Radiolabeling yielded 473 ± 324 MBq of safe-to-inject [68Ga]Ga-UBI in 25 ± 11 min (%LE 51±23), %RCP >96.5. Occasional losses occurred due to colloidal-68Ga (-17±12%) and C18-cartridge retained activity (-19 ±18%). [68Ga]Ga-UBI formulations met the requirements for radiopharmaceutical production and were safely administered to patients (5.0±1.6 mCi) as follows: the average activity doses, molar activities and injected tracer masses were 3.0±1.2 MBq/kg; 25±12 MBq/nmol and 8.5±4.4 nmol, respectively. Normal biodistribution included excretion of 34-57 %ID in kidneys/bladder and < 2.8% ID in liver > heart > spleen > bone > muscle > 0.06 %ID. Clinical indications for imaging included suspected tuberculosis, musculoskeletal infections, cholecystitis, endocarditis and nephritis.

Conclusions

Our production of [68Ga]Ga-UBI met the quality requirements and release criteria for human use and offers a convenient diagnostic tool to study infetious diseases non-invasively. Our study represents one of the bigger patient cohorts with suspected infection imaged with [68Ga]Ga-UBI-PET/CT.

Acknowledgment

The authors thank the staff at the Department of Nuclear Medicine, University of Pretoria and the Department of Radioachemistry at the South African Nuclear Energy Corporation.

References
[1] Ebenhan, T, Zeevaart, JR, Venter, JD, Govender, T, Kruger, GH, Jarvis, NV and  Sathekge MM. 2014, Preclinical evaluation of 68Ga-labeled 1,4,7-triazacyclononane-1,4,7-triacetic acid-ubiquicidin as a radioligand for PET infection imaging.’, J Nucl Med., 55(2), 308-314.
[2] Vilche, M, Reyes, AL, Vasilskis, E, Oliver, P, Balter, H and Engler, H. 2016 ‘⁶⁸Ga-NOTA-UBI-29-41 as a PET Tracer for Detection of Bacterial Infection.’ , J Nucl Med., 57(4), 622-627.
[3] Ebenhan, T, Sathekge, MM, Lengana, T, Koole, M, Gheysens, O, Govender, T and Zeevaart, JR. 2018 ’68Ga-NOTA-Functionalized Ubiquicidin: Cytotoxicity, Biodistribution, Radiation Dosimetry, and First-in-Human PET/CT Imaging of Infections.’, J Nucl Med., 59(2), 334-339.
[4] Bhusari, P, Bhatt, J, Sood, A, Kaur, R, Vatsa, R, Rastogi, A, Mukherjee, A, Dash, A, Mittal, BR and Shukla, J., 2019, ‘Evaluating the potential of kit-based 68Ga-ubiquicidin formulation in diagnosis of infection: a pilot study68Ga.’, Nucl Med Commun., 40(3), 228-234.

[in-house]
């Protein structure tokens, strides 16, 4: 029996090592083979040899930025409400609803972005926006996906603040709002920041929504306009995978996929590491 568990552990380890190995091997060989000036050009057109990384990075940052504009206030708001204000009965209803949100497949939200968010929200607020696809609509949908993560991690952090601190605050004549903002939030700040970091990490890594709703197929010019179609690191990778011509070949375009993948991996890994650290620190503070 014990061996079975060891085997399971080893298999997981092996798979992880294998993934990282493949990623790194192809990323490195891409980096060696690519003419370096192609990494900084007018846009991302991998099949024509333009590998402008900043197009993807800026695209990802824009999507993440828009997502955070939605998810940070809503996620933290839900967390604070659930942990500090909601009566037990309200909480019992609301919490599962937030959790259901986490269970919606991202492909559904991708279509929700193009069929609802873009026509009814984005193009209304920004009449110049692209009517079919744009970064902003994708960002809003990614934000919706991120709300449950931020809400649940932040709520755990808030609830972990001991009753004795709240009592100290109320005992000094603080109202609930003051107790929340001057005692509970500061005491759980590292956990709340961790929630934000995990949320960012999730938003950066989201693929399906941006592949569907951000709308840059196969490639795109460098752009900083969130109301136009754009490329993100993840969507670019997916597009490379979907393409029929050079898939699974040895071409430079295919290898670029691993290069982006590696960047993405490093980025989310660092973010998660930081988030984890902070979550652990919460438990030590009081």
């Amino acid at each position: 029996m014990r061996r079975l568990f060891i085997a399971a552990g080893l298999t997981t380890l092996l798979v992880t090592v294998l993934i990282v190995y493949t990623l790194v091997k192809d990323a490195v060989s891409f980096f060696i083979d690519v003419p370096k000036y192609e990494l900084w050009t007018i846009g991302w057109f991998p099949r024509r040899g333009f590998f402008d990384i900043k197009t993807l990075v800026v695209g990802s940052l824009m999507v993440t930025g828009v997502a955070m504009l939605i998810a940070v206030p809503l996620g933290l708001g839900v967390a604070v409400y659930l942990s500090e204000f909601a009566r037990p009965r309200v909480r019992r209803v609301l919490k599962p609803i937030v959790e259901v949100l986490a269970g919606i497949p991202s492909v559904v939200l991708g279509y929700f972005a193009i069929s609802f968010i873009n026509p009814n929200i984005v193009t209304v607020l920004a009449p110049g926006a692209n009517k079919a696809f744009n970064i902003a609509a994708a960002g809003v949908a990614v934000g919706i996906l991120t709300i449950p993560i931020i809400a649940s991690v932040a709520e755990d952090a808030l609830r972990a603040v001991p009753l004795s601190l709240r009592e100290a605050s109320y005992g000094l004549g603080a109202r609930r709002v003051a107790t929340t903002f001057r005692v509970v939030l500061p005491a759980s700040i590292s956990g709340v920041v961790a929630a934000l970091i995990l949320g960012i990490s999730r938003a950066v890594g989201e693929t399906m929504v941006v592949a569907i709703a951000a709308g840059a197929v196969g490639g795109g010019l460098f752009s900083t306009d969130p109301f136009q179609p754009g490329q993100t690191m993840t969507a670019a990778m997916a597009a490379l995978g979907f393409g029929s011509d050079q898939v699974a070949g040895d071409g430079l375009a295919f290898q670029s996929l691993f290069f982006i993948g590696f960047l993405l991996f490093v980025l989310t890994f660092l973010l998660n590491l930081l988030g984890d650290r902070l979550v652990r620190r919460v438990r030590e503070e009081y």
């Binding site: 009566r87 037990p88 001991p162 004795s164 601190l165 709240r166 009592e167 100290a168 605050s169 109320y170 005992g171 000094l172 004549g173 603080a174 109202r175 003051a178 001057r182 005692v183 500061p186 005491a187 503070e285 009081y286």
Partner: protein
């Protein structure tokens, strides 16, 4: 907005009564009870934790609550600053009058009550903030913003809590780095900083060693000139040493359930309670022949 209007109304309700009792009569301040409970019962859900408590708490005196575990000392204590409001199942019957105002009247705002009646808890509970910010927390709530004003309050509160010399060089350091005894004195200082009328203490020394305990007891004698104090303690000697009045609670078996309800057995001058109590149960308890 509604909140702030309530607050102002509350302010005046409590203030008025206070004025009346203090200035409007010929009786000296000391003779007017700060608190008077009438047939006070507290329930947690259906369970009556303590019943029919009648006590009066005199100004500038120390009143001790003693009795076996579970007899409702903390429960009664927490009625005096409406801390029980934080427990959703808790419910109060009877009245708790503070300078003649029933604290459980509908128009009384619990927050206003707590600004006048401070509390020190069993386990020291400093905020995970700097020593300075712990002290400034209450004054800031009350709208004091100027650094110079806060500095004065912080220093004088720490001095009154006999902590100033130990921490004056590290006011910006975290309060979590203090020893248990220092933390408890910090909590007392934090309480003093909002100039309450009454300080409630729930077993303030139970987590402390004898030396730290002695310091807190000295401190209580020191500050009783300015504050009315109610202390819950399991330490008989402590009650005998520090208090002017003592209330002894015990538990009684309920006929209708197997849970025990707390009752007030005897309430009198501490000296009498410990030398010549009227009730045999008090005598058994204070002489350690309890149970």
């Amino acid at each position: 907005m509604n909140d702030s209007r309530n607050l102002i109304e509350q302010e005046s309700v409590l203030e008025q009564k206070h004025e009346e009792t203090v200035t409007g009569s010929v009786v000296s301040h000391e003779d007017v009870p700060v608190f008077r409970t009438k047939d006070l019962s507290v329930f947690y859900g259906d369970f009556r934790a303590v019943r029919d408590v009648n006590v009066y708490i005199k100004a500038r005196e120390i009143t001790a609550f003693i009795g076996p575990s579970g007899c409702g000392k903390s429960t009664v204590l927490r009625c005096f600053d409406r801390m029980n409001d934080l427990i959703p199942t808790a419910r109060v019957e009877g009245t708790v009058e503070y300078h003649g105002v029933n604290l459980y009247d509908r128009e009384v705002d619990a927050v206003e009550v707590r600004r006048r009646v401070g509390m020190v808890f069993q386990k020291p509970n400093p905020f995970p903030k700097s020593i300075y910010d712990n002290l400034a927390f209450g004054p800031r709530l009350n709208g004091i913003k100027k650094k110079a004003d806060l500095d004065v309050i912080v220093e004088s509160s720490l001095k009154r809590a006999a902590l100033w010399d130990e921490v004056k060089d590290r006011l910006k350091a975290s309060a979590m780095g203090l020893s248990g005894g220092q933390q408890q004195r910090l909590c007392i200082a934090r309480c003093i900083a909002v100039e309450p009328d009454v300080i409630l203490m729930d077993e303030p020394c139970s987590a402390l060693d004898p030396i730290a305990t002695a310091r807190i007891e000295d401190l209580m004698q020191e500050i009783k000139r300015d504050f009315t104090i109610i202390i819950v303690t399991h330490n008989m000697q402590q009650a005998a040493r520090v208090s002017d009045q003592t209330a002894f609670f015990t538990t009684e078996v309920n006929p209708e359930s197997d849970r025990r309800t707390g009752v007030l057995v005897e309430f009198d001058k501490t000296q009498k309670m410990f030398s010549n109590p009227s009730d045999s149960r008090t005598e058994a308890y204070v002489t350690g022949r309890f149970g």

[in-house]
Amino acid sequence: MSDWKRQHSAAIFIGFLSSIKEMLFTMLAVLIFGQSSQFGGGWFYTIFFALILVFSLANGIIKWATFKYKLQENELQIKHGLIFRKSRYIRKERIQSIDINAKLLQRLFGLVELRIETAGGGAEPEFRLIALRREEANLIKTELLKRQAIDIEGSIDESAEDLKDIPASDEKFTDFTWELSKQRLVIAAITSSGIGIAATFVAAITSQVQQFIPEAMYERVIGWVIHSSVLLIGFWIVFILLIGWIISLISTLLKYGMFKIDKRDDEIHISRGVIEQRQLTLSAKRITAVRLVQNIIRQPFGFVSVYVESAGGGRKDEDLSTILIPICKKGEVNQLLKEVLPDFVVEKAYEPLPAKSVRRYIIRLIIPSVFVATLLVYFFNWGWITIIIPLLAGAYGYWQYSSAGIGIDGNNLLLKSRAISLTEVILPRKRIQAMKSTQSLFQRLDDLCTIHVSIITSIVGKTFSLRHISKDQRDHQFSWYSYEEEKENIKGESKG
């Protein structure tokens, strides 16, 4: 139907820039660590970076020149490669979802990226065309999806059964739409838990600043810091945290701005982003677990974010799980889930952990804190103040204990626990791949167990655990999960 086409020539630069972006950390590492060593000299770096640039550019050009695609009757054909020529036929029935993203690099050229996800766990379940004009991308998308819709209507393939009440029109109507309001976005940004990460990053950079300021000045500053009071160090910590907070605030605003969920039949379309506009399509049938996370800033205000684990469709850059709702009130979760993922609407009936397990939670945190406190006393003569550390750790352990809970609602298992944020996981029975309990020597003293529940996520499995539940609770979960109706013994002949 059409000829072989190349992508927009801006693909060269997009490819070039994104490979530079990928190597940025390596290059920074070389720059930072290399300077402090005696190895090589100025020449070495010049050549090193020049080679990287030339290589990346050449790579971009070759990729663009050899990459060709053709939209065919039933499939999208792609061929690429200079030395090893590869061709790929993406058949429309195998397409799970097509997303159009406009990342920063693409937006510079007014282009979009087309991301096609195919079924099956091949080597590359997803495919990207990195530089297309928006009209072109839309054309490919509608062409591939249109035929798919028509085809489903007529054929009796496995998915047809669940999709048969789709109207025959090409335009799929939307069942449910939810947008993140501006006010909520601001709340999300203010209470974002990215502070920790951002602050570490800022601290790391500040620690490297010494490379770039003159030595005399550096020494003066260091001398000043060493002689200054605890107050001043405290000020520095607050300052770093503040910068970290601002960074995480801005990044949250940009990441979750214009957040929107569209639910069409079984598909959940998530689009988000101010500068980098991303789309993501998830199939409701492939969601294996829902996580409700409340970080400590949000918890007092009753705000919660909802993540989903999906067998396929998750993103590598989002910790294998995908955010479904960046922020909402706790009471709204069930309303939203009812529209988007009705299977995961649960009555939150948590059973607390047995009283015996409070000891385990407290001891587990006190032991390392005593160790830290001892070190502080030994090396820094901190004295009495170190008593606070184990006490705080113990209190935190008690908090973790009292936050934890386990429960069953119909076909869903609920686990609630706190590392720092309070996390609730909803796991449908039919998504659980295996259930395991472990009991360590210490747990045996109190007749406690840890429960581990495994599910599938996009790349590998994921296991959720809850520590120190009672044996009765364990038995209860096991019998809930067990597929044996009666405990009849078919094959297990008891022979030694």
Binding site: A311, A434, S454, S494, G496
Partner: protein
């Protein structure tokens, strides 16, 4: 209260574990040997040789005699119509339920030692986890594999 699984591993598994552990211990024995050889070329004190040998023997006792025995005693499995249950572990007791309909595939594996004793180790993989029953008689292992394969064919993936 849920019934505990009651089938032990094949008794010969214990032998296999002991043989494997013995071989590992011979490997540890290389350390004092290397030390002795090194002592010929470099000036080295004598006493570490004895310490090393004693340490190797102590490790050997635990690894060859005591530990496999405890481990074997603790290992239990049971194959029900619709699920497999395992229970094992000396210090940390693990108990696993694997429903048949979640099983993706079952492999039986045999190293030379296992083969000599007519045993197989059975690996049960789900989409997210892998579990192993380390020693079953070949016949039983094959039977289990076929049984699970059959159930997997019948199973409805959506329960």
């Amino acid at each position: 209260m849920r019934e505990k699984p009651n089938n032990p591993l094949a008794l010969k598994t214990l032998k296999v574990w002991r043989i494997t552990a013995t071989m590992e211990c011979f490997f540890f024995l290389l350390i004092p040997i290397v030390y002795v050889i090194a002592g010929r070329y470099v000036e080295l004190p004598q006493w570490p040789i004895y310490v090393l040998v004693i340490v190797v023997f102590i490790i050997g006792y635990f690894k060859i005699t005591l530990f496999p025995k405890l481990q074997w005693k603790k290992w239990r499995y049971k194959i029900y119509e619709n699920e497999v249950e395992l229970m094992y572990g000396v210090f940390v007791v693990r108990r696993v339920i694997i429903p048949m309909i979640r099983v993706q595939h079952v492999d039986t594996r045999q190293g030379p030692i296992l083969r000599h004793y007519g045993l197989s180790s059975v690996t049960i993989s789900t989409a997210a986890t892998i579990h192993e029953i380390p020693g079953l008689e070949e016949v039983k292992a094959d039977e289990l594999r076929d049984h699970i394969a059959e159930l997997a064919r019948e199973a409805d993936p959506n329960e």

Keywords: [68Ga]-UBI, PET Infection imaging, kit-based infection imaging
426

Presenting a codon-optimized palette of fluorescent proteins for detection of Candida albicans under in vitro conditions and in animal infection models

Wouter Van Genechten1, 2, 3, Liesbeth Demuyser1, 2, Peter Dedecker3, Patrick Van Dijck1, 2

1 VIB-KU Leuven Center for Microbiology, VIB, Leuven, Belgium
2 KU Leuven, Biology, Laboratory of Molecular Cell Biology, Leuven, Belgium
3 KU Leuven, Chemistry,, Leuven, Belgium

Introduction

Fluorescent proteins with varying colors are indispensable tools for the life sciences research community. These fluorophores are often developed for use in mammalian systems. However, the successful application of these labels in other organisms in the tree of life, such as the fungus Candida albicans, can be difficult to achieve due to the difficulty in engineering constructs for good expression in these organisms. Especially for C. albicans this poses a problem as this species translates a CUG codon mostly into a serine instead of a leucine.

Methods

We explored a number of different in silico optimization tools (Integrated DNA technologies, OPTIMIZER, ATGme, manual adaptation) to generate a whole pallet of fluorescent proteins ranging from cyan to red and including photoswitchable fluorophores that can be used in combination with super resolution microscopy. Brightness assessment was determined using fluorescence activated cell sorting as well as fluorescence microscopy.

Results/Discussion

We show that none of the optimization strategies is generally applicable, and that even very closely related proteins require the application of different strategies to achieve good expression. We show that by using the codon-optimized photoswitchable fluorophores in combination with stochastic optical fluctuation imaging (PcSOFI) we can now visualize expression of genes that previously could only be visualized upon overexpression. We are also using the new fluorophores to visualize the specific morphology (yeast or hyphal cells) of C. albicans that we then will use in our different animal models, such as upon oral, vaginal or intestinal infection.

Conclusions

In addition to reporting new fluorescent protein variants for applications in Candida albicans, our work highlights the ongoing challenges in optimizing protein expression in heterologous systems. The tools we are currently developing will be important to visualize endogenous expression of genes both under in vitro as well as in animal model experiments.

Acknowledgment